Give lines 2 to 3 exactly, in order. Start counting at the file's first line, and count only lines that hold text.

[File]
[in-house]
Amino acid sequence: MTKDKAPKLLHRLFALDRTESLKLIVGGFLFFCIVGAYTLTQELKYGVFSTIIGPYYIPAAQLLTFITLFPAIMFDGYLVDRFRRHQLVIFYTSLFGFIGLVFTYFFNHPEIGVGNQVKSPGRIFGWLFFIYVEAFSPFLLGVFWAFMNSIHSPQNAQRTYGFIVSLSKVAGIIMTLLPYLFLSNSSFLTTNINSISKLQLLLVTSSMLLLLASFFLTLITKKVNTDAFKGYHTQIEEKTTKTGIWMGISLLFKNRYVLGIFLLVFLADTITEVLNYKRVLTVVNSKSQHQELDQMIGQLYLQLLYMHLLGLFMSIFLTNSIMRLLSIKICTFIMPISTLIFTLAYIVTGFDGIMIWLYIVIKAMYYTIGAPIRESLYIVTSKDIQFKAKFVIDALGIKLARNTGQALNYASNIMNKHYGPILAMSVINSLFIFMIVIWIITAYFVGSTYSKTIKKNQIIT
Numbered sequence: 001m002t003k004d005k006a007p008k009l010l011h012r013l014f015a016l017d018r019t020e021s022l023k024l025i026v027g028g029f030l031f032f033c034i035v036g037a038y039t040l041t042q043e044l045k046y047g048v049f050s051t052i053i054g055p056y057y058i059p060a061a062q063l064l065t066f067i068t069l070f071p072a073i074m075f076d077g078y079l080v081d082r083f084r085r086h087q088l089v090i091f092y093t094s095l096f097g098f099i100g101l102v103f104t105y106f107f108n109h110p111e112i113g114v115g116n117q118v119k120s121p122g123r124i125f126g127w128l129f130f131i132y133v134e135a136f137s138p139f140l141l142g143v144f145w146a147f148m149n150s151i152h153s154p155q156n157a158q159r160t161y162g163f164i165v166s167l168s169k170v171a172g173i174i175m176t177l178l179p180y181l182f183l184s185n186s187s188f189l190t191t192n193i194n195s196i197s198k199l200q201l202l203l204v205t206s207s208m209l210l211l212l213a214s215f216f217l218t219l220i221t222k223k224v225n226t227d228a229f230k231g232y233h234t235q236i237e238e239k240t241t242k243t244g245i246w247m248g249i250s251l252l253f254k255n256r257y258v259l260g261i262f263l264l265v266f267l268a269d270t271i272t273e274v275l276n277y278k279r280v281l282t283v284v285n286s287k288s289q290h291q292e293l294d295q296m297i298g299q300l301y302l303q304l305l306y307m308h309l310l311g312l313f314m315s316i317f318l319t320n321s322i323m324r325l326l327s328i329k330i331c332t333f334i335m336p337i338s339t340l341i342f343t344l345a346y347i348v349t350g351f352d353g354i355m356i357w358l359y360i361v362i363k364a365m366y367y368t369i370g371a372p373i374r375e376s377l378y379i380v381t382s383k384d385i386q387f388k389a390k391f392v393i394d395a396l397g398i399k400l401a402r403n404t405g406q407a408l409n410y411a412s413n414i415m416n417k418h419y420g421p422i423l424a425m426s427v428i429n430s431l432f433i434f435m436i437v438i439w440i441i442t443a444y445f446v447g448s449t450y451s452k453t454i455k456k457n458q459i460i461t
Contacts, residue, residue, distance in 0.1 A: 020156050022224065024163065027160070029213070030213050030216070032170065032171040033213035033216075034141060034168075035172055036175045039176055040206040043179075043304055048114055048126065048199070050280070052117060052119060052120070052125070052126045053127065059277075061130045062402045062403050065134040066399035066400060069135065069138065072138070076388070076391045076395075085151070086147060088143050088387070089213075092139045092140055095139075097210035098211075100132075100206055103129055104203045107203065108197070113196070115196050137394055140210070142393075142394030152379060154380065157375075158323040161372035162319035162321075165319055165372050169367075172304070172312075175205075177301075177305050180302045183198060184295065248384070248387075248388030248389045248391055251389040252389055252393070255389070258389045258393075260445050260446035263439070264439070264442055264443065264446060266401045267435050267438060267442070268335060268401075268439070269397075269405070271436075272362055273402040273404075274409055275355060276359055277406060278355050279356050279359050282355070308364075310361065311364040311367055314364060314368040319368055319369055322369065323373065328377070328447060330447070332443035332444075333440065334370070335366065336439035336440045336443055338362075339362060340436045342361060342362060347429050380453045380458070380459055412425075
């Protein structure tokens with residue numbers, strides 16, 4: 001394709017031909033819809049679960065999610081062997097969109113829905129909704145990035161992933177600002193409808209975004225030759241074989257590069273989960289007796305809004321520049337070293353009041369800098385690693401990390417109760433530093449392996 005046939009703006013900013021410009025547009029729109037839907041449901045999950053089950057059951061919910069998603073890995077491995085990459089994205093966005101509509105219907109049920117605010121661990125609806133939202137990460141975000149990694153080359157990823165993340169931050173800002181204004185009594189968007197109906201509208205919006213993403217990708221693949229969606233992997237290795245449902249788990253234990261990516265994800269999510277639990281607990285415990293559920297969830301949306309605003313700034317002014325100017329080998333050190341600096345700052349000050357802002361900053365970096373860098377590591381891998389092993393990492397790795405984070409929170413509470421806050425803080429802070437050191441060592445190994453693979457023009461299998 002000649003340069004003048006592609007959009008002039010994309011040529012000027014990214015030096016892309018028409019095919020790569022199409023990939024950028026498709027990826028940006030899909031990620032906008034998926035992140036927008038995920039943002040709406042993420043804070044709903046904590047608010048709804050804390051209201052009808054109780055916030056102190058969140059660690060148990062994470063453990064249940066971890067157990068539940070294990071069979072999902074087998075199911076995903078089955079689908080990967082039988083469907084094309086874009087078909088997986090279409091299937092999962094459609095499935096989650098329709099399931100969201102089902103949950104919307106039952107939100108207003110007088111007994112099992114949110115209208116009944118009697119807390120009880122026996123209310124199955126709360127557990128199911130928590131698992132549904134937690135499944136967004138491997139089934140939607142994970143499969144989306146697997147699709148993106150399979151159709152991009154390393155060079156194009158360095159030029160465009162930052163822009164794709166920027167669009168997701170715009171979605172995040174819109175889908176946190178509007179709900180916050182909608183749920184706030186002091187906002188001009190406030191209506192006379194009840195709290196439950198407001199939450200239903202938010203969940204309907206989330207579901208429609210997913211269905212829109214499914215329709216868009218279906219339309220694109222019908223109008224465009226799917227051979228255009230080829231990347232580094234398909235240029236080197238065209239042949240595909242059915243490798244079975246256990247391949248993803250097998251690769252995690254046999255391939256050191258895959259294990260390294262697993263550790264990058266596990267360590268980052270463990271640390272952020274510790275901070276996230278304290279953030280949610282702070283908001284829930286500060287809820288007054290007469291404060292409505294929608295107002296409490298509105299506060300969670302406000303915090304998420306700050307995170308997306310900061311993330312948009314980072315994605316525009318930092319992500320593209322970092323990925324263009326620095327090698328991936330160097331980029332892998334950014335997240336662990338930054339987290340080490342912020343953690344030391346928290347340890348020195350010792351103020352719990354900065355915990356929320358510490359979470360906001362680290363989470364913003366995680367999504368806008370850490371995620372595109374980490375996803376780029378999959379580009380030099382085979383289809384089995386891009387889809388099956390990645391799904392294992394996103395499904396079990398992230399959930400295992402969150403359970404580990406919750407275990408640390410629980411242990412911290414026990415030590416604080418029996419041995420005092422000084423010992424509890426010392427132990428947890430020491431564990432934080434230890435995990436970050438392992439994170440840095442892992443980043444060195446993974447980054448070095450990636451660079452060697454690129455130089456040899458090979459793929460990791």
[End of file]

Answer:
Amino acid sequence: MTKDKAPKLLHRLFALDRTESLKLIVGGFLFFCIVGAYTLTQELKYGVFSTIIGPYYIPAAQLLTFITLFPAIMFDGYLVDRFRRHQLVIFYTSLFGFIGLVFTYFFNHPEIGVGNQVKSPGRIFGWLFFIYVEAFSPFLLGVFWAFMNSIHSPQNAQRTYGFIVSLSKVAGIIMTLLPYLFLSNSSFLTTNINSISKLQLLLVTSSMLLLLASFFLTLITKKVNTDAFKGYHTQIEEKTTKTGIWMGISLLFKNRYVLGIFLLVFLADTITEVLNYKRVLTVVNSKSQHQELDQMIGQLYLQLLYMHLLGLFMSIFLTNSIMRLLSIKICTFIMPISTLIFTLAYIVTGFDGIMIWLYIVIKAMYYTIGAPIRESLYIVTSKDIQFKAKFVIDALGIKLARNTGQALNYASNIMNKHYGPILAMSVINSLFIFMIVIWIITAYFVGSTYSKTIKKNQIIT
Numbered sequence: 001m002t003k004d005k006a007p008k009l010l011h012r013l014f015a016l017d018r019t020e021s022l023k024l025i026v027g028g029f030l031f032f033c034i035v036g037a038y039t040l041t042q043e044l045k046y047g048v049f050s051t052i053i054g055p056y057y058i059p060a061a062q063l064l065t066f067i068t069l070f071p072a073i074m075f076d077g078y079l080v081d082r083f084r085r086h087q088l089v090i091f092y093t094s095l096f097g098f099i100g101l102v103f104t105y106f107f108n109h110p111e112i113g114v115g116n117q118v119k120s121p122g123r124i125f126g127w128l129f130f131i132y133v134e135a136f137s138p139f140l141l142g143v144f145w146a147f148m149n150s151i152h153s154p155q156n157a158q159r160t161y162g163f164i165v166s167l168s169k170v171a172g173i174i175m176t177l178l179p180y181l182f183l184s185n186s187s188f189l190t191t192n193i194n195s196i197s198k199l200q201l202l203l204v205t206s207s208m209l210l211l212l213a214s215f216f217l218t219l220i221t222k223k224v225n226t227d228a229f230k231g232y233h234t235q236i237e238e239k240t241t242k243t244g245i246w247m248g249i250s251l252l253f254k255n256r257y258v259l260g261i262f263l264l265v266f267l268a269d270t271i272t273e274v275l276n277y278k279r280v281l282t283v284v285n286s287k288s289q290h291q292e293l294d295q296m297i298g299q300l301y302l303q304l305l306y307m308h309l310l311g312l313f314m315s316i317f318l319t320n321s322i323m324r325l326l327s328i329k330i331c332t333f334i335m336p337i338s339t340l341i342f343t344l345a346y347i348v349t350g351f352d353g354i355m356i357w358l359y360i361v362i363k364a365m366y367y368t369i370g371a372p373i374r375e376s377l378y379i380v381t382s383k384d385i386q387f388k389a390k391f392v393i394d395a396l397g398i399k400l401a402r403n404t405g406q407a408l409n410y411a412s413n414i415m416n417k418h419y420g421p422i423l424a425m426s427v428i429n430s431l432f433i434f435m436i437v438i439w440i441i442t443a444y445f446v447g448s449t450y451s452k453t454i455k456k457n458q459i460i461t